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But after years of careful research ExxonMobil concluded that algae, among all the alternatives, has the most potential in terms of scalability and fitting into the vast infrastructure of existing refineries and filling stations. (It can also produce far more fuel per acre than palm, sugar cane, or corn.) Other big oil companies have recently invested into algae ventures as well, including Chevron and Royal Dutch Shell. The airline industry, plagued by high jet-fuel prices, is also investing and testing, with players including Boeing, GE Aviation, Virgin Atlantic, Japan Airlines and Continental Airlines, among others. (Algae fuel has already helped power planes, cars, and other vehicles in various tests and demonstrations.) Yet the idea isn’t new. From 1978, the U.S. Department of Energy’s Aquatic Species Program focused on it before closing down in 1996 in the face of persistently low petroleum prices and the relatively high cost of making algae fuel. Making it economically competitive Economic competitiveness remains the key challenge, and the hunt is on to find the best strains of algae for producing oil, as some are better than others. But it does appear that algae fuel, once an idea limited to mostly academic circles, will now get the kind of funding and attention that would be needed to turn it into a competitive industry. A wide variety of approaches are being tried by different ventures to make algae fuel cost competitive — and it’s no easy task. A startup near San Francisco called Solazyme (whose investors include Chevron) is growing algae in big dark tanks and feeding them sugar. Another in Israel called Seambiotic is growing marine microalgae using smokestack flue gas (or more specifically its carbon dioxide, which algae feed on) from a coal-burning power plant. Watch how one company in China is pursuing algae power » NASA and Google have invested in an effort using semi-permeable membrane enclosures of sewage floating in the ocean. Only clean water leaks out, and the algae feed on the nutrients. Other methods range from growing algae in bioreactors to open ponds. One environmental advantage of algae over other biofuel sources — like palm for biodiesel, or sugar cane or corn for ethanol — is it doesn’t have to be grown in places that can otherwise serve for food production or endangered species habitat. This helps it skirt the “food vs. fuel” debate. Algae can be fed sewage and carbon dioxide and grown in many places, including deserts, ponds, and oceans. Algae fuel fits relatively easily into the vast infrastructure of refineries and distribution channels that already exists for fossil fuel. Ethanol by contrast is more corrosive and thus requires flex-fuel cars and costly system-wide modifications. How “green” is it But algae fuel is not environmentally perfect. It still creates pollution when burned, like regular fuel. Its marketing as a “green” energy source rankles some environmentalists, who prefer a more profound switch to cleaner options like solar and wind. Algae fuel, they note, requires far less change from Big Oil. “This is a nice way to say, ‘Oh don’t worry, you don’t have to change anything — we’re just going to make a new way to make the existing system work,” says Gillian Madill at Friends of the Earth. Algae fuel does burn cleaner than fossil fuel, according to J.B. Hunt, a large U.S. trucking company that’s looking to go greener. It recently tested a fuel blend containing algae fuel from a California startup called SunEco and found an 82 percent reduction in particulate emissions with no loss of power. The company says it might soon become a significant purchaser. Huge sales of algae fuel are unlikely, though, over the next few years. ExxonMobil says its project is five or ten years away from producing large quantities of fuel. And like forgotten startups of the dot-com boom, many ventures of this “algal bloom” will surely not survive. A high-profile one called GreenFuel Technologies — which took the approach of pumping carbon dioxide into bioreactors — went out of business this spring after costs and technical problems spun out of control. But there’s another way for algae companies to thrive before the industry scales up to massive fuel production, if it ever does: co-products. These include things that consumers are hardly aware of but that can be higher-value products, like excipients used in pharmaceutical products: Seambiotic make food additives in addition to biofuels; Solazyme has made nutraceuticals, additives and soaps using algae. “The possibilities are endless,” says Udupa. “I think the overall benefits of using algae technology initially will be realized through the co-products.” By contrast, the ethanol industry doesn’t have a similarly wide range of fall-back alternatives, she notes. The ethanol industry in the U.S. has long been subsidized by the government, and some lawmakers are fighting to redirect that funding to next-gen biofuels instead. Meanwhile ExxonMobil seems prepared to spend substantially more on its algae project once certain benchmarks are met. The initial $600 million would help the project get to “a certain level of completion in the work,” said Jacobs in the press call last month.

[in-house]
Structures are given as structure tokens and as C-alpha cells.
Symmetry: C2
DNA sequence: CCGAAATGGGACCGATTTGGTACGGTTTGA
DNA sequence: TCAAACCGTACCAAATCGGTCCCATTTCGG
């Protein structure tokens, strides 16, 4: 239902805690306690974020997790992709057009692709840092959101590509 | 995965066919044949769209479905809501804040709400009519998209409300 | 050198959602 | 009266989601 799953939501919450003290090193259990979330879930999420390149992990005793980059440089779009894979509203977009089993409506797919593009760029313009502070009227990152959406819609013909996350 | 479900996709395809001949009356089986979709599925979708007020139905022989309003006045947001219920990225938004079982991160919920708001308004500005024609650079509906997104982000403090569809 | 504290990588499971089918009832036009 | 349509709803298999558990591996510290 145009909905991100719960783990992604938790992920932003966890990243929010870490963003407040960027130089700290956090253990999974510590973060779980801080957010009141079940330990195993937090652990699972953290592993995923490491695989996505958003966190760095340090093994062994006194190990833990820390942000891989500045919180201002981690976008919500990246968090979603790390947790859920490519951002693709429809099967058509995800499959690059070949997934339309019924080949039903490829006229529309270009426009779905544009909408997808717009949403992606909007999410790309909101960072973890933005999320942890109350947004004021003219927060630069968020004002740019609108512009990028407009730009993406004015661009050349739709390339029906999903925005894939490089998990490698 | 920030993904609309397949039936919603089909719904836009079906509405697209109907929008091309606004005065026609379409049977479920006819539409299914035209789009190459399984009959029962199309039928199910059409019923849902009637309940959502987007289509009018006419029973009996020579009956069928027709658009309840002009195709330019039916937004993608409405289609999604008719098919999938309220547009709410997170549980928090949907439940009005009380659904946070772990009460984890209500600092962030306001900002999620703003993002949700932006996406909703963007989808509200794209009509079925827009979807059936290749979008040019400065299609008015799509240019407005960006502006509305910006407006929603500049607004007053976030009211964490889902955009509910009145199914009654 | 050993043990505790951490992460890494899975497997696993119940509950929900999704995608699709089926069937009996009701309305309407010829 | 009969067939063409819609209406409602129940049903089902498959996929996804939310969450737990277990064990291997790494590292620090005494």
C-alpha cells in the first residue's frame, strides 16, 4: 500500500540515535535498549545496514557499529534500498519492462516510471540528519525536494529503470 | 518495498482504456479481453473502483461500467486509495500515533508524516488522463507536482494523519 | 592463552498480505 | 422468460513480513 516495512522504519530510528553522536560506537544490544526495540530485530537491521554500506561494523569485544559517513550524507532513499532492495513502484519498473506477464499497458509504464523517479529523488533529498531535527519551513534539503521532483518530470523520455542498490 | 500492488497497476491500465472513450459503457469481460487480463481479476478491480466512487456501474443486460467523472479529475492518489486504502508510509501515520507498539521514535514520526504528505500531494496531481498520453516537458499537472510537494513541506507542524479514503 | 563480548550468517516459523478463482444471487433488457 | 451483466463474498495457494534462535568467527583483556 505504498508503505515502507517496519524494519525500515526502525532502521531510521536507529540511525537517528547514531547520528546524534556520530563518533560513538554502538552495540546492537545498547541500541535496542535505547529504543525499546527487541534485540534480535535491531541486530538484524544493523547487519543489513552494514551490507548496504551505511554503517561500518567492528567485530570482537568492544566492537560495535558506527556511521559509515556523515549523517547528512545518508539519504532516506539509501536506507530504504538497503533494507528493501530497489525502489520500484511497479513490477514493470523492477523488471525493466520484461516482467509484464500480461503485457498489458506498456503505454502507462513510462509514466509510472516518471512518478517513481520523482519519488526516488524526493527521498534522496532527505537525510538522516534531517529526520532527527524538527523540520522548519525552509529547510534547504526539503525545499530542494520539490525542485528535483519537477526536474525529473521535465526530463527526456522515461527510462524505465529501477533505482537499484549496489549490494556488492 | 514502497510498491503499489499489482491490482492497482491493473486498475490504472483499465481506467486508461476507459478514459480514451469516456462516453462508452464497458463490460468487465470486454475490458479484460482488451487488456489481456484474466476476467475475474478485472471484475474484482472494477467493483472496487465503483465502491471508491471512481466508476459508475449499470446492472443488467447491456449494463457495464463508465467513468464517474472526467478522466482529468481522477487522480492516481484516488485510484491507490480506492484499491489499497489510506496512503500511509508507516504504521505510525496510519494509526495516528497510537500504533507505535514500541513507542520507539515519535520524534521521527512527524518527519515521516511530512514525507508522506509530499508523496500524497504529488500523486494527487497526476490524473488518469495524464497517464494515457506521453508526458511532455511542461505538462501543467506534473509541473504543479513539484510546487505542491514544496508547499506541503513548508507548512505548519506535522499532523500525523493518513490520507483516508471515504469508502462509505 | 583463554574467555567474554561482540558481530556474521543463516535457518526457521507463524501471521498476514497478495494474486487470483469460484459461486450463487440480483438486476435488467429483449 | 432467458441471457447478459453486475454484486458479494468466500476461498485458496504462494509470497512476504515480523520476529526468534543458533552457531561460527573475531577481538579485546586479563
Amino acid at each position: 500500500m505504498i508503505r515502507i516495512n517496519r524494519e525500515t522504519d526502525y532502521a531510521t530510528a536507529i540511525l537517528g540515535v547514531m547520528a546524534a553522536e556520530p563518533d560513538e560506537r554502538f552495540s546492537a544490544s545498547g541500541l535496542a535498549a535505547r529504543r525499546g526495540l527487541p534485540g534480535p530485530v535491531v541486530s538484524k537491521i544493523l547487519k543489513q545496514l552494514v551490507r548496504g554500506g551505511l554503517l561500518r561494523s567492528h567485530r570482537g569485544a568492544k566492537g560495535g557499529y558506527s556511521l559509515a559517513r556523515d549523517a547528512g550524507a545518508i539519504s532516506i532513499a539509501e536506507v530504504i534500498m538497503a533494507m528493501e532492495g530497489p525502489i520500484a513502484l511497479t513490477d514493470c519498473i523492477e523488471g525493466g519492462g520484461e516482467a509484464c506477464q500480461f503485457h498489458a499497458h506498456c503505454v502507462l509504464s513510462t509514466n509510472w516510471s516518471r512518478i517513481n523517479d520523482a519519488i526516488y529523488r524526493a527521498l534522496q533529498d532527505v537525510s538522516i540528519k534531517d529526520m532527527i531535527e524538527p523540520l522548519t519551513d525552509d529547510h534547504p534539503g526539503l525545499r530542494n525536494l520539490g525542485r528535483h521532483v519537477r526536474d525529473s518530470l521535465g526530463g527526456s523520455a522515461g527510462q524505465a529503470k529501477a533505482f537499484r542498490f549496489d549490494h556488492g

But much more will be needed for final development and early commercialization, he added: “That could amount to, you know, billions of dollars after that.” That’s small change for the likes of ExxonMobil, but it represents a big change for the status of algae fuel.